Texas native Ashliegh Lisset has always had a love for music. By the age of fifteen, she knew she wanted to pursue a career in the entertainment industry. She began making trips to write and record in Nashville, Tennessee, determined to follow her dream. “I found so much comfort in music,” she explains. “It definitely helped me heal during some of the darkest moments of my life. When I’m feeling down, I can write about it and get all of my emotions out.”
In 2014, Ashliegh released her first single called “Kill the Headlights.” Not only was the song co-written by songwriting superstars Luke Laird and Hillary Lindsey, but also by Ashliegh’s idol – Carrie Underwood. The song spent eight weeks on The Highway’s “Top 30” chart and was featured on Billboard’s “Top 100” chart. “Kill the Headlights” sparked a talent deal with the William Morris Agency, crossing yet another career milestone off Ashliegh’s bucket list.
In 2016, Ashliegh released her next single, “Goodbye,” co-written by country music sensation Kelsea Ballerini. The song gained recognition by CMT’s Cody Allen, which prompted Kelsea to tweet how happy she was that the song found a good home.
Ashliegh went on to release “Daughter of an American Hero” in 2019, honoring her late father. When Ashliegh was just eleven years old, her father, who was serving his second tour for Operation Iraqi Freedom, was killed in the line of duty. The song received positive reviews from several news outlets and Ford featured Ashliegh in its Military Truck Month commercial. Ashliegh is currently an ambassador for the Folds of Honor organization and shares her story to help encourage others.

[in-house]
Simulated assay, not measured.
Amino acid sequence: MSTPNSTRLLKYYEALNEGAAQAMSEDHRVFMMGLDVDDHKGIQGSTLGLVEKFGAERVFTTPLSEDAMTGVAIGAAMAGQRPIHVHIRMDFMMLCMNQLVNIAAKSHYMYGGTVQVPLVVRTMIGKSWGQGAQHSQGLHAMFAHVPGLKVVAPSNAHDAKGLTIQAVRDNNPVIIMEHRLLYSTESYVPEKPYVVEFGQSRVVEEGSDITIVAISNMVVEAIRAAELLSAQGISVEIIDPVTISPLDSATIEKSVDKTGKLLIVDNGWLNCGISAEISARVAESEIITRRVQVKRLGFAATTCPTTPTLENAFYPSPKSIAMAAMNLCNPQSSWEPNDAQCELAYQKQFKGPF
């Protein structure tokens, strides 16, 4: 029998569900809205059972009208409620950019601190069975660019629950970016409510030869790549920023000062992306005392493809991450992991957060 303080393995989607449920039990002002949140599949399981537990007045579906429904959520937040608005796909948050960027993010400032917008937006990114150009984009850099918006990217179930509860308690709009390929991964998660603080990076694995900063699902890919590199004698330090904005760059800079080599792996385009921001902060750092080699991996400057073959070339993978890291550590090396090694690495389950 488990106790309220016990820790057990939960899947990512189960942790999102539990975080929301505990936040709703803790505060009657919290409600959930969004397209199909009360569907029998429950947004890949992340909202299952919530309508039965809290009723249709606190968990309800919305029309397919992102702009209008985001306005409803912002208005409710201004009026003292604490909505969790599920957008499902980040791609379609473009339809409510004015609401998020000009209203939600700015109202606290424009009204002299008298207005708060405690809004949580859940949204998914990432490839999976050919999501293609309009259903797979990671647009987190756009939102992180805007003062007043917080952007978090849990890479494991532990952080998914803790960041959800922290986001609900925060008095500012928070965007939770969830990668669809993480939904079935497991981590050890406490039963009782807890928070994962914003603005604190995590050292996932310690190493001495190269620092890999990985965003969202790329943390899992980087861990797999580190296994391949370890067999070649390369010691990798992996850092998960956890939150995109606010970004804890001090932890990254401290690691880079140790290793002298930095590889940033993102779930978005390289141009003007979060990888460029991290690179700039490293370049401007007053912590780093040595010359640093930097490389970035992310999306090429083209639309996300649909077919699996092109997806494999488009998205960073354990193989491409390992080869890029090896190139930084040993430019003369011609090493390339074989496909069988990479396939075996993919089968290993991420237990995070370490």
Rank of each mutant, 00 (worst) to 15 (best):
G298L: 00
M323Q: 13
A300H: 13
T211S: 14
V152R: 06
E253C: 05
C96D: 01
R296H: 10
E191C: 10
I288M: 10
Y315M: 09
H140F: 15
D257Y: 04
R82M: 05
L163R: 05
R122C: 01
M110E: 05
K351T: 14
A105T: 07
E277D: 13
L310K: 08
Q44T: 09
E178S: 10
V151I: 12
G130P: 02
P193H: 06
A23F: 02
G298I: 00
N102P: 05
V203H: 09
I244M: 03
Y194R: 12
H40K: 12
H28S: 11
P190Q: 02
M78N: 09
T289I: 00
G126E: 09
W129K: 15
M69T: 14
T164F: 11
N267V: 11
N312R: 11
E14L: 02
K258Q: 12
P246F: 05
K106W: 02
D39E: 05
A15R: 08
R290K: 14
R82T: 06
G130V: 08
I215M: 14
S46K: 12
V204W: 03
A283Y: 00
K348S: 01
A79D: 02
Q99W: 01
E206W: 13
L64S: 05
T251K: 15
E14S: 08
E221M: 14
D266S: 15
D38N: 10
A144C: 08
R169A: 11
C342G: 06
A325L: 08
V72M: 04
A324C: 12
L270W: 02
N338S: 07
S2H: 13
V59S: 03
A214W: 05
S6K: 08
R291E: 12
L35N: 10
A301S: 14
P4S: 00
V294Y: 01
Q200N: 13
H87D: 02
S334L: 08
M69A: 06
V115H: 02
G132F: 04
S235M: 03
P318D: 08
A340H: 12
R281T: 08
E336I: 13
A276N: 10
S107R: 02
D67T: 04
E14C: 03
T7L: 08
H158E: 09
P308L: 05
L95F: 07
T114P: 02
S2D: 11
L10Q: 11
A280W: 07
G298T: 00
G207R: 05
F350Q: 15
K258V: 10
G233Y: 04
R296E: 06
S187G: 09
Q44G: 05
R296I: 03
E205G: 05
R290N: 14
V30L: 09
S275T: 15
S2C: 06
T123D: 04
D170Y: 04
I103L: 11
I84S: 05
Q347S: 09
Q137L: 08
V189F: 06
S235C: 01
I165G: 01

The country superstar released her current single "Stop the Bullet" (written by Phil Barton, Emily Shackleton, Adam Argyle and Victoria Banks) in November 2021 - and this tune may just be our favorite one yet.
Hold on heart, don't speak yet, if you do you might say something you regret...
Lisset's powerful, yet delightfully sweet, vocals lend the perfect pairing to a song that delivers a punch. With an important message about how hurtful words can be, "Stop the Bullet" directly hits the target when it comes to being a fan favorite.